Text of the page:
The Department of Wildlife and Fisheries Sciences offer four degree programs: the traditional Master of Science (M.S.) and Ph.D. degrees and two non-thesis Master’s distance education degrees: Master of Wildlife Science and a Master of Natural Resource Development.
The Master of Natural Resources Development is offered as an interdisciplinary degree between the Departments of Wildlife and Fisheries Sciences and Ecosystem Science and Management. Both non-thesis Master’s programs prepare students for careers with academic institutions, governmental agencies, and private business/industry. Studies in environmental conservation and education are available to those students interested in preparing themselves for public service in a number of fields other than research and management. The non-thesis Master’s programs are designed to give students broad academic training combined with practical experience, to develop problem-solving and management skills. More information on the non-thesis Master’s programs.
The M.S. (thesis) and Ph.D. degree programs require a strong background in the basic and applied sciences, particularly as they relate to whole-organism biological systems. These degrees involve intensive research, and the resulting thesis or dissertation must demonstrate superior knowledge and understanding of the subject area.
Graduate study in the Department of Wildlife and Fisheries Sciences normally requires some breadth in several disciplines, which differ among courses of study and are dependent on candidate background. The academic program of study is tailored to the background and educational goals of each degree candidate in consultation with the student’s graduate advisory committee.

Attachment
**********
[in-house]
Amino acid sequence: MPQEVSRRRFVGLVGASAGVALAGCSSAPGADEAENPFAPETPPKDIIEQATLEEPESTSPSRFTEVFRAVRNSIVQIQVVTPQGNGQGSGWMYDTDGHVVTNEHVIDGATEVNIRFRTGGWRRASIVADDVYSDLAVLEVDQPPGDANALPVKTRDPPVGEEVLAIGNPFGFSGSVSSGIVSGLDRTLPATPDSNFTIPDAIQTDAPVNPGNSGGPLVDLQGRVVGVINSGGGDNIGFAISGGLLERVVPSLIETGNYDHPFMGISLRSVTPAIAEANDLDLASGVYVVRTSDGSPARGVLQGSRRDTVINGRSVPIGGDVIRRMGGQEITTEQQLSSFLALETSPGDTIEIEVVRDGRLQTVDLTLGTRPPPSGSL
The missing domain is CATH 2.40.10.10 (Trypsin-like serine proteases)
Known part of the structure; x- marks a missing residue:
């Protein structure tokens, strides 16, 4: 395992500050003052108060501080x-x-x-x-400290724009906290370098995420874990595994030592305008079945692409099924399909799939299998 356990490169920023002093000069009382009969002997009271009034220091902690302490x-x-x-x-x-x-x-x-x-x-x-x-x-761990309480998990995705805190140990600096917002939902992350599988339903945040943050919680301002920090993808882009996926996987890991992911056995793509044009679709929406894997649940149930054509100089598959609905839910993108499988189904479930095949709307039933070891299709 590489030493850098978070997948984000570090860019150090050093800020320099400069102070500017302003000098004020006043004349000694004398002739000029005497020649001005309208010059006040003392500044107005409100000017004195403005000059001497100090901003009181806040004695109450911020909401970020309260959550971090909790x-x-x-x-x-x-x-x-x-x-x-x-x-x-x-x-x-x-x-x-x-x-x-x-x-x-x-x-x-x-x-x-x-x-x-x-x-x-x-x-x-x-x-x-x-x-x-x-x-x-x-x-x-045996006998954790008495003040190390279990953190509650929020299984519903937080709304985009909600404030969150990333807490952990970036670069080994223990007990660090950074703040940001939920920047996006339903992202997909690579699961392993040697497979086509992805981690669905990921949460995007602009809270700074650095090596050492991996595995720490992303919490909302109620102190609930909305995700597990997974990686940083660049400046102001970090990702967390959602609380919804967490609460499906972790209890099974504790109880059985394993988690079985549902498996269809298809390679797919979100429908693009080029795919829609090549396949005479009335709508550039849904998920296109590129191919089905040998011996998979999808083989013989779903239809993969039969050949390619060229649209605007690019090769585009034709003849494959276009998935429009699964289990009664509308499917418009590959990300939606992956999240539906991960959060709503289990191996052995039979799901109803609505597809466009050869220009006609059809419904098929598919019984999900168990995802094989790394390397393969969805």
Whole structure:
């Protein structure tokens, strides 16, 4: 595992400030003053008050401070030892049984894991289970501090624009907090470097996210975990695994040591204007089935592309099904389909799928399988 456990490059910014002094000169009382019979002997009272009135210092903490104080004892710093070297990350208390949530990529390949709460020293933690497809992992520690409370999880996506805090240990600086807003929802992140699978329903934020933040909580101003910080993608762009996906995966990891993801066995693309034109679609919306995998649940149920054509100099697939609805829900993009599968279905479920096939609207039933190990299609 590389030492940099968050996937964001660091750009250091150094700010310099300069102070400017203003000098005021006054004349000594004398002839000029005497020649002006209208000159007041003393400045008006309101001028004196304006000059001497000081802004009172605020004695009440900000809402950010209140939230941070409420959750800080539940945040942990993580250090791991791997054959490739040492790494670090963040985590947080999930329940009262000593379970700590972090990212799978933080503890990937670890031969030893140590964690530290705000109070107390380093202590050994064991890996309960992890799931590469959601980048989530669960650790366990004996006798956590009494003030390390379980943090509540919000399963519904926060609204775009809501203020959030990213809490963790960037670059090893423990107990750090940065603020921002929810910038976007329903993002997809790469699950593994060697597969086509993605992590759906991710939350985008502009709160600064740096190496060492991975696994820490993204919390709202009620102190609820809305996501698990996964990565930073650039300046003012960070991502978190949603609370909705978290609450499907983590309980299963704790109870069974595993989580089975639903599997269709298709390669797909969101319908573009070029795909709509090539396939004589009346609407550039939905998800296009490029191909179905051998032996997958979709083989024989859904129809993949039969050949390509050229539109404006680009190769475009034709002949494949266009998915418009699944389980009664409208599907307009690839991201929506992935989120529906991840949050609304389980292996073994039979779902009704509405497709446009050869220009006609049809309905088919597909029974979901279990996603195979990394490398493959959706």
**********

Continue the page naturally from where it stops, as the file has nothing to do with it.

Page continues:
Research activities in the department involve vertebrates, invertebrates, plants, natural-resource systems, and span the broad fields of wildlife ecology and management, fisheries ecology and management, aquaculture, biodiversity and systematics, conservation education, and the human dimensions of wildlife and fisheries resource management. Research in these fields is supported by disciplinary expertise in autecology and synecology, evolutionary biology, resource sociology, animal behavior, physiology, animal diseases and parasitology, bioenergetics, nutrition, genetics, and systems analysis and modeling. Although much of the research program is without geographic bounds, the more site-specific aspects of the program focus on Texas, Mexico, and the neotropics.
Facilities for research and graduate education include over forty laboratories with modern and sophisticated scientific instrumentation; the Biodiversity Research and Teaching Collections, which is among the largest collections of animals and genetic tissues in the New World; the Marine Mammal Research Facilities at Galveston; an Aquacultural Research and Teaching Facility (laboratory and ponds) devoted to study of fish and invertebrate production for food and sport fishing; and, in cooperation with the U.S. Geological Survey, Biological Resources Division and Brazos Research Station, which focuses on problems of environmental toxicology. Provisions for research in marine mammalogy, marine fisheries ecology, and mariculture are available at Texas A&M University in Galveston. Field studies may be conducted at the Texas A&M University System’s off-campus research and extension centers. Texas A&M is a member of the Archbold Tropical Research Center on the Caribbean island of Dominica. Graduate students are eligible to apply for the usage of laboratory and field facilities at both of these locations.
Some faculty members in the Department of Wildlife and Fisheries Sciences have appointments on the intercollegiate faculties of Genetics, Ecology, Nutrition, Toxicology, and Marine Biology; graduate students are also eligible to seek degrees in those areas. The department also encourages interdisciplinary research efforts with other departments and within the Institutes of Marine Life Sciences and Renewable Natural Resources.